7 fun facts I discovered at the Seiko Museum 7 fun facts I discovered at the Seiko Museum

7 fun facts I discovered at the Seiko Museum


Editor’s note: Seiko is a brand with a pretty incredible history. And a lot of this history goes under the radar, to be honest. Which is why, when Sandra visited Tokyo last year we strongly suggested she make a detour to Seiko’s Museum. Here’s what she learned …

If you’re ever in Tokyo, I strongly recommend making time for a detour to Sumida. Where? A residential area north of Tokyo Skytree – a bit of a backwater, to be honest. Why? For the Seiko Museum. Even if you’re not particularly a Seiko fan, it’s full of horological discoveries. And if you weren’t a Seiko fan before, you probably will be afterwards. Here are just a few of the many reasons why:

The name

The Seiko ‘Laurel’

Seiko’s founder, Kintaro Hattori, started his business in 1881; about a decade later, he opened his own factory – naming it Seikosha. The museum guide told me that Seiko is the Japanese word for “precise”.

Wadokei – seasonal clocks

Until 1872, timekeeping was based on seasonal variations, rather than the “fixed hours system” we are familiar with – where the length of a day is divided into equal portions, or hours. The “seasonal time system” used in Japan until the late 19th century, divided one day into daylight and night, then partitioned each into six parts. As the length of light relative to night changes from season to season, a daytime hour in summer would be longer than a daytime hour in winter. Consequently, clocks had to be adjusted continuously to stay in sync with the daylight hours throughout the year. Japanese clockmakers developed a unique type of mechanical movement to achieve this. Such traditional clocks – called Wadokei, and used for more than 200 years – are now extremely rare. The museum holds several examples. And if a modern watchmaker wanted to come up with a really cool complication … well, here’s one to try.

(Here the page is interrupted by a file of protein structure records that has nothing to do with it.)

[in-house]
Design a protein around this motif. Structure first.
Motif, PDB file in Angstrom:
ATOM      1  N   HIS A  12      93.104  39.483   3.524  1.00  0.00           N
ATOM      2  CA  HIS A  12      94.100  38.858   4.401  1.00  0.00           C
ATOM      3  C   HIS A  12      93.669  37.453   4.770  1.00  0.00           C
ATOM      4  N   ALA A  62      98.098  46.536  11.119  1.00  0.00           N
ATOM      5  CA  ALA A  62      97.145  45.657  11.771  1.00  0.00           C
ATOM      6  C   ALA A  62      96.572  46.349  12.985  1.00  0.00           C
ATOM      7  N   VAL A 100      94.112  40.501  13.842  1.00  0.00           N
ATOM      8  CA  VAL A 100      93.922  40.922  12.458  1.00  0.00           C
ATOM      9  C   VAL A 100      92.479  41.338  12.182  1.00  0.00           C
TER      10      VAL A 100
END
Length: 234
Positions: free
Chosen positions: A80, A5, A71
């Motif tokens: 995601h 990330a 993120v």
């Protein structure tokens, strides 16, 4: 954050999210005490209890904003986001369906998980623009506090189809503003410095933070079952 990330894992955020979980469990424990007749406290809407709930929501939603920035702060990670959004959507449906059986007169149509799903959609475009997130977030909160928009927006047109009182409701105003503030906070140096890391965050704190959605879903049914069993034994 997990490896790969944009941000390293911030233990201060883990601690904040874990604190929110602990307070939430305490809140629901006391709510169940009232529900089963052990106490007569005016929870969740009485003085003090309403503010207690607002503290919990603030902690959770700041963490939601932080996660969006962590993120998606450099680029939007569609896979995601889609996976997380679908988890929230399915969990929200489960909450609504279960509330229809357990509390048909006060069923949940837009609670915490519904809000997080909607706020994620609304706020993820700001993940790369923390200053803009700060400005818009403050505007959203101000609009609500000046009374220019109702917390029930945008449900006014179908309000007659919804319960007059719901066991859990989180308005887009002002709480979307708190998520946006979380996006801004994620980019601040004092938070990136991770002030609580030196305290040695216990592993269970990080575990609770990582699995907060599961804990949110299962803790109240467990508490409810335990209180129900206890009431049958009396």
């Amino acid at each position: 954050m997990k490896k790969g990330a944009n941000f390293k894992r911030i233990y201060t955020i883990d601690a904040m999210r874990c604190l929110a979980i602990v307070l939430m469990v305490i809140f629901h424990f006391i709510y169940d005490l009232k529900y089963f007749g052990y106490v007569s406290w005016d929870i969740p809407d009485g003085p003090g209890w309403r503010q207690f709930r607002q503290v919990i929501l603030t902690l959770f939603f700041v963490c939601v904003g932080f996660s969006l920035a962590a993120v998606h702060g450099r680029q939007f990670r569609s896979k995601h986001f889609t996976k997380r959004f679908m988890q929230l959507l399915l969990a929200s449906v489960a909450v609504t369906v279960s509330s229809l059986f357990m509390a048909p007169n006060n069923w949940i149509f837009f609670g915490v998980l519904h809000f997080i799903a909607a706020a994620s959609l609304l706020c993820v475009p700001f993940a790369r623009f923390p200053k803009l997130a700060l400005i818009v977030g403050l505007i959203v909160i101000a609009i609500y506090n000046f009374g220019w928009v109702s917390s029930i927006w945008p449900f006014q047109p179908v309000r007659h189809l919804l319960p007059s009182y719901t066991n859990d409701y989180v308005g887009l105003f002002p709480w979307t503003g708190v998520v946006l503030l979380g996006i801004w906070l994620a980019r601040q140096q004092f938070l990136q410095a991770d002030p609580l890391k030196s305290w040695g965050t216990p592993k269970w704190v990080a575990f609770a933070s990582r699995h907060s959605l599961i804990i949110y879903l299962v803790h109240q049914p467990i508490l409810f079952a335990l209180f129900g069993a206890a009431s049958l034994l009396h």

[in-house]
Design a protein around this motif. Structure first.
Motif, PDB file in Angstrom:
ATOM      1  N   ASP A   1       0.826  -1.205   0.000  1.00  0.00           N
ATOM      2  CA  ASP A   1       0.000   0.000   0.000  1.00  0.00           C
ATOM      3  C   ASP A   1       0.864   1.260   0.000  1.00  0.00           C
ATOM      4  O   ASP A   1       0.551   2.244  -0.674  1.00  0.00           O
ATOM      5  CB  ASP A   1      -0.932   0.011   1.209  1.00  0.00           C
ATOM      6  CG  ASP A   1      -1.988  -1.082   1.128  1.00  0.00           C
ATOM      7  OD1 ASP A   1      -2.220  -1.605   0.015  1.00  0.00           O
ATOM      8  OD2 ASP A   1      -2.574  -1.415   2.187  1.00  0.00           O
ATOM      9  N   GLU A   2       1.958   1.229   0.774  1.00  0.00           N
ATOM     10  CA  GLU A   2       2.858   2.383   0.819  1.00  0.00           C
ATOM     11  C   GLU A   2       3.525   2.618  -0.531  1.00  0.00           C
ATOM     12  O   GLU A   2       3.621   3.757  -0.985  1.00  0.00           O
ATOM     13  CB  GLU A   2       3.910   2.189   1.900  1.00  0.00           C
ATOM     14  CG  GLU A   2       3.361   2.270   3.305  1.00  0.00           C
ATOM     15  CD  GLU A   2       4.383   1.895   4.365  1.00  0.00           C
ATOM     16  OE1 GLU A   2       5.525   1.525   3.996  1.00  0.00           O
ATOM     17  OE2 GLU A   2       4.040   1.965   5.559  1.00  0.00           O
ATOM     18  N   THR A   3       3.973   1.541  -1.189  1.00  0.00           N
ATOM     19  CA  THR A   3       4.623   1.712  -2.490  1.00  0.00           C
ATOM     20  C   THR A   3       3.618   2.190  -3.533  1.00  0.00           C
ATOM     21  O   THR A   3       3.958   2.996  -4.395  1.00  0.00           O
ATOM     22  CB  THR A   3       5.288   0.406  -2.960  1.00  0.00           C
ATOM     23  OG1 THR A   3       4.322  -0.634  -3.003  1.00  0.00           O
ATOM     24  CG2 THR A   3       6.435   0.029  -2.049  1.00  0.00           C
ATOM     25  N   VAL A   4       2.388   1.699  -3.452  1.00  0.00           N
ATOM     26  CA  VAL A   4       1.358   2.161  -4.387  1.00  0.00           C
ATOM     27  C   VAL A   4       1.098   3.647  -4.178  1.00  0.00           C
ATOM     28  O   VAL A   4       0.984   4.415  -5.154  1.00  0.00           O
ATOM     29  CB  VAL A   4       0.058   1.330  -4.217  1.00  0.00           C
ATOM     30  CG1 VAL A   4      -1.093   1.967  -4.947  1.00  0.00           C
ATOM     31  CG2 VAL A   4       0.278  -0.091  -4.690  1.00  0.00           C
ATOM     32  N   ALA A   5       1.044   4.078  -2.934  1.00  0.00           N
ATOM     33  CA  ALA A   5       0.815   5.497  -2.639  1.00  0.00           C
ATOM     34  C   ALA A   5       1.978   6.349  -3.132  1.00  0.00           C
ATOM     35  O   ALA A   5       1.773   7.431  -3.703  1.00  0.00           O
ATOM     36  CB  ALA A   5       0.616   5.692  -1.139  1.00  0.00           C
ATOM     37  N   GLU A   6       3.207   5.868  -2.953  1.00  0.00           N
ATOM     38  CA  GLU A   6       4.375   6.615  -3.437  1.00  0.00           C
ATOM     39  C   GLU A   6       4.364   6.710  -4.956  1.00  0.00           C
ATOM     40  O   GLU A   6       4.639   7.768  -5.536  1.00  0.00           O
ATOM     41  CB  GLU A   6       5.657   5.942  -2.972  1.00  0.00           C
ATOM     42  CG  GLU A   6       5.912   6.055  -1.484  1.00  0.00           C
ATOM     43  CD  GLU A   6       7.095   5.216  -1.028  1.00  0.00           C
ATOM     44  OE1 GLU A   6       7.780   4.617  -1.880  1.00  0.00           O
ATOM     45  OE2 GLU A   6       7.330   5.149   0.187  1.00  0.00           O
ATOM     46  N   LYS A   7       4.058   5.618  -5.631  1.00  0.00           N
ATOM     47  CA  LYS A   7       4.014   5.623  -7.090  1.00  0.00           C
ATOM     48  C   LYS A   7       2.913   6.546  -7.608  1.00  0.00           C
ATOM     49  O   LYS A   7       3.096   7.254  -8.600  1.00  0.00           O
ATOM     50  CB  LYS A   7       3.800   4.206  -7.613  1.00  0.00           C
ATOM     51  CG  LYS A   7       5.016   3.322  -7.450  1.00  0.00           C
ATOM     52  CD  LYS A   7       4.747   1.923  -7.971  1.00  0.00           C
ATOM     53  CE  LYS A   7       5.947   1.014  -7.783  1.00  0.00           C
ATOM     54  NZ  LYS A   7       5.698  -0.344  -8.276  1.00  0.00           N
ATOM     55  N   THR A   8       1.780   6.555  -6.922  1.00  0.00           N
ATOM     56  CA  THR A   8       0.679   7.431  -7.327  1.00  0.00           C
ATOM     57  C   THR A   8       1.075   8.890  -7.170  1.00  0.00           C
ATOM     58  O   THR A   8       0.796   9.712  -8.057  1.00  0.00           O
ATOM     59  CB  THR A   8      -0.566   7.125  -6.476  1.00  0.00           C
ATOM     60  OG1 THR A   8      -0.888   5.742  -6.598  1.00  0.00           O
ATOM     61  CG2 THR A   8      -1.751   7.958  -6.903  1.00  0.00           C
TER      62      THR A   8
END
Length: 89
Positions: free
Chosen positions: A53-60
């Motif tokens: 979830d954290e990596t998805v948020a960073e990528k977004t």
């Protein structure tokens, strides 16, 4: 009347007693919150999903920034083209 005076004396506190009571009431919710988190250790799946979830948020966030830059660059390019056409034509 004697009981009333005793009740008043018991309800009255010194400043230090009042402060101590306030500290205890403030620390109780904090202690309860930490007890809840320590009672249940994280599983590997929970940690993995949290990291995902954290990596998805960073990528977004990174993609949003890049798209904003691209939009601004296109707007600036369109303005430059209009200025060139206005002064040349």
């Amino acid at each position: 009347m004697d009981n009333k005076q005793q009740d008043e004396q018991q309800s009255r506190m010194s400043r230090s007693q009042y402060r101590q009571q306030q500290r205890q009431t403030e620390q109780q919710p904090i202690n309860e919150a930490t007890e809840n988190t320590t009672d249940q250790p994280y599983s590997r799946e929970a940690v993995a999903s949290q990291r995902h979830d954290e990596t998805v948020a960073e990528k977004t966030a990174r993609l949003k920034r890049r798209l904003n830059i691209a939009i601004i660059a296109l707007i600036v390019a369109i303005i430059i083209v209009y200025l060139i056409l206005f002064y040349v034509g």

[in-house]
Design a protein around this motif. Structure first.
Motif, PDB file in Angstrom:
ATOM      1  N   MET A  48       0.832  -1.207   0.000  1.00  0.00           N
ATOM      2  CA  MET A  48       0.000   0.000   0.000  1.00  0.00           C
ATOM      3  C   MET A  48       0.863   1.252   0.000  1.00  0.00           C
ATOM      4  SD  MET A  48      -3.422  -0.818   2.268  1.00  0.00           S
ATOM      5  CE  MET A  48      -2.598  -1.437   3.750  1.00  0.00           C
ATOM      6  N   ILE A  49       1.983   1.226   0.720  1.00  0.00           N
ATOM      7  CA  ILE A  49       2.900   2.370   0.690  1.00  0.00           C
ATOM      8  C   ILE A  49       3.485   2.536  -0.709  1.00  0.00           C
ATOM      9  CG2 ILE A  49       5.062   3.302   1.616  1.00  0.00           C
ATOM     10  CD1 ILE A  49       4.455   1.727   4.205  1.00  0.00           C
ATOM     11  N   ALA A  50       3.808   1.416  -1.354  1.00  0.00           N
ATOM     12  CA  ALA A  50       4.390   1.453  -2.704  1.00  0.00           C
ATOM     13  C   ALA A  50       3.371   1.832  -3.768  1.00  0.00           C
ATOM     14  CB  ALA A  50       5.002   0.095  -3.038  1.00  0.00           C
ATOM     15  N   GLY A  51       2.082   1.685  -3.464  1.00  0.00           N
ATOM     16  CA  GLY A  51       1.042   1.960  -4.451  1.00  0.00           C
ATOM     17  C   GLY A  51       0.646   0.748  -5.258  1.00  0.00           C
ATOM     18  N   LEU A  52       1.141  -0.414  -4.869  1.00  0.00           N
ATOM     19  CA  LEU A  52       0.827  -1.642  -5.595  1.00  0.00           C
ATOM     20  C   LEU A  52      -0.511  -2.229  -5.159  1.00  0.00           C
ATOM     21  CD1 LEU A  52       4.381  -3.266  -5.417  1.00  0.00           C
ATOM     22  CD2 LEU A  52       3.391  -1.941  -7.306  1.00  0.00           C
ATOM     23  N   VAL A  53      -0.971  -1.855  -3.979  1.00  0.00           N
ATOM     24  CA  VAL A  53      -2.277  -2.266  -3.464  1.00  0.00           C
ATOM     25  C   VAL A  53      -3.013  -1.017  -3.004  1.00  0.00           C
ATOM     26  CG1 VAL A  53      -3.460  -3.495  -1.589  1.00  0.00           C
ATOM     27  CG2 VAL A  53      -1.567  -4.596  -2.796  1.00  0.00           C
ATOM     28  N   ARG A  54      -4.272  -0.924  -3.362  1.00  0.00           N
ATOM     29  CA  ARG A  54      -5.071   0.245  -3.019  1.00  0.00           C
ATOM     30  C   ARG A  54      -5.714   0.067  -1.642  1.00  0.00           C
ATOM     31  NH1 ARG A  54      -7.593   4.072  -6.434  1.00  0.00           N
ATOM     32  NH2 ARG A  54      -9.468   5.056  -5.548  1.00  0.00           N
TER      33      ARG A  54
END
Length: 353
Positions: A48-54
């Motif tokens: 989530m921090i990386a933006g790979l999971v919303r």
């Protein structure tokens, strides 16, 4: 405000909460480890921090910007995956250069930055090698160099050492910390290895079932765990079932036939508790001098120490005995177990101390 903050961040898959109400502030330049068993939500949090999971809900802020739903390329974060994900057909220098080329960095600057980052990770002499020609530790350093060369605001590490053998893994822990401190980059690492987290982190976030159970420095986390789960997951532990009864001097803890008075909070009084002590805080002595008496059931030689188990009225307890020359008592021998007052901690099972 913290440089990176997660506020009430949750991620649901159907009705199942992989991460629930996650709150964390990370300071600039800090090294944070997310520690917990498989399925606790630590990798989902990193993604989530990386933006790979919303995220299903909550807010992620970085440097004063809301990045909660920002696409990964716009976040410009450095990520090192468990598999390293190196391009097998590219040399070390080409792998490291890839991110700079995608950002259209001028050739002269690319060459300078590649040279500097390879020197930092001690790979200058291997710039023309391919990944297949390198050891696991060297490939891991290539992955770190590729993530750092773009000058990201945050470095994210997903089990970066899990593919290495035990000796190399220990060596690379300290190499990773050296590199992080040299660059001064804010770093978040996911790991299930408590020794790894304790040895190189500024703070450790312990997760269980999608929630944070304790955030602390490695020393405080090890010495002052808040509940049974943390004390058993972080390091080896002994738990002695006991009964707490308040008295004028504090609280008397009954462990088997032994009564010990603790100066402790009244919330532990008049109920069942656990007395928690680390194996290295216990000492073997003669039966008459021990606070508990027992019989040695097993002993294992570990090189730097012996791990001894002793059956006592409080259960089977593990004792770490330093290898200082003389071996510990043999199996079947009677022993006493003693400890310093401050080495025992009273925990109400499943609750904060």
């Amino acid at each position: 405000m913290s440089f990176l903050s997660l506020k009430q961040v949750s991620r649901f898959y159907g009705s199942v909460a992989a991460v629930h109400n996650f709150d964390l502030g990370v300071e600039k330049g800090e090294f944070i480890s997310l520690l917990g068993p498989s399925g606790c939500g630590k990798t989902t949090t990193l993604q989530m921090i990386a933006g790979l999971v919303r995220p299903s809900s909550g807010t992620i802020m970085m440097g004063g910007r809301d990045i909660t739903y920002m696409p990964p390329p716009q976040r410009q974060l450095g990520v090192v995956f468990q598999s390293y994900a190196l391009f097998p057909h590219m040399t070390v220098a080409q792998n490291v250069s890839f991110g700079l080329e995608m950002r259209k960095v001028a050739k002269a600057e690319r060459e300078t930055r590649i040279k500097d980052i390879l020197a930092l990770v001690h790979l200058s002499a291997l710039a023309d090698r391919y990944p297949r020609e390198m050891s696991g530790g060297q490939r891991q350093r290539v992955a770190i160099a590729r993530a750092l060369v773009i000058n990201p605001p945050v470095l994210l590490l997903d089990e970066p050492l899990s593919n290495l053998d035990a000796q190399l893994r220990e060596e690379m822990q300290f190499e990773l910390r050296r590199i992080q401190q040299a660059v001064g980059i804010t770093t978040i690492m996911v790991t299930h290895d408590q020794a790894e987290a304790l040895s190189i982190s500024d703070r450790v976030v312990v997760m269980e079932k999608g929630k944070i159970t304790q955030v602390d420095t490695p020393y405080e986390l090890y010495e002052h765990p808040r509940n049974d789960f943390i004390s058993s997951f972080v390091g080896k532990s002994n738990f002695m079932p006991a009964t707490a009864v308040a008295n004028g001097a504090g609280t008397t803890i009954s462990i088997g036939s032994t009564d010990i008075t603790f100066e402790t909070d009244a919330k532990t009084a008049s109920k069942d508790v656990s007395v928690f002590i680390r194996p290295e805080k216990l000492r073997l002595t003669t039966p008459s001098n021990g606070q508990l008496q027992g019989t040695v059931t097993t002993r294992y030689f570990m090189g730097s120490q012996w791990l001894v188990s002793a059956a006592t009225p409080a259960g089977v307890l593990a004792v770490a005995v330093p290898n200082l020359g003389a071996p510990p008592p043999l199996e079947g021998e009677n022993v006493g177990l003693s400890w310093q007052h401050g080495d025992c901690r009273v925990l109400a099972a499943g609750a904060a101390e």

So many ‘firsts’

Seiko’s Magic Lever.

Given how thoroughly Switzerland has dominated watch-thinking for well over a century, it’s easy to ignore the pioneering achievements of other countries. Most of us know that Seiko produced the world’s first quartz wristwatch – the Quartz-Astron 35SQ – in December 1969 (and because it was so advanced, so incredibly special, it was given a gold case). But there have been so many other Seiko firsts. Just a few:

1959, the ‘Magic Lever’, a totally new self-winding mechanism. Now known generically as the Pallet Lever Mechanism, it replaced the more complex and less efficient Planetary Gear Mechanism

1973, world’s first six-digit (hour-minute-second) LCD watch

1982, first LCD TV watch

1999, Spring Drive

2006, Spectrum – first electronic paper watch

The ‘Five’ — outselling the Swiss before quartz

Seiko released the Seiko Sportsmatic 5 (the “Five”) in 1963. Its novel, rational design and practical functions (day-date, self-winding, water-resistance) made it an almost instant best-seller. The following year, Seiko’s status as Official Timekeeper for the Tokyo Olympics raised its international profile – and with it, demand for the Five. In 1966 the number of Seiko Fives exported from Japan reportedly exceeded the total number of self-winding watches produced in all of Switzerland.

Early TV stardom

The first television advertisement ever broadcast in Japan, in 1953, was for Seiko’s Comet Flower Clock

Accidental art

In the fire that followed the Great Kantō Earthquake of 1923, a pile of Seiko pocket watches awaiting service was melted into a molten glob by the extreme heat. Looking like an abstract sculpture – with a strong air of Dalí surrealism – it’s now on show in the museum.

Olympic Timing


Being named Official Timekeeper for the 1964 Tokyo Summer Olympics pushed Seiko to develop many innovative products (and led, eventually, to the world’s first quartz watch, the Astron). Among the 36 timing models it developed, and 1278 instruments it produced was the world’s first touch-pad timer for swimming. The pad disregards water pressure and wave splashes but reliably senses the swimmer’s touch. The hand-to-pad touch is instantly converted into an electrical signal and relayed to the digital display. This device is still used in major swimming competitions today.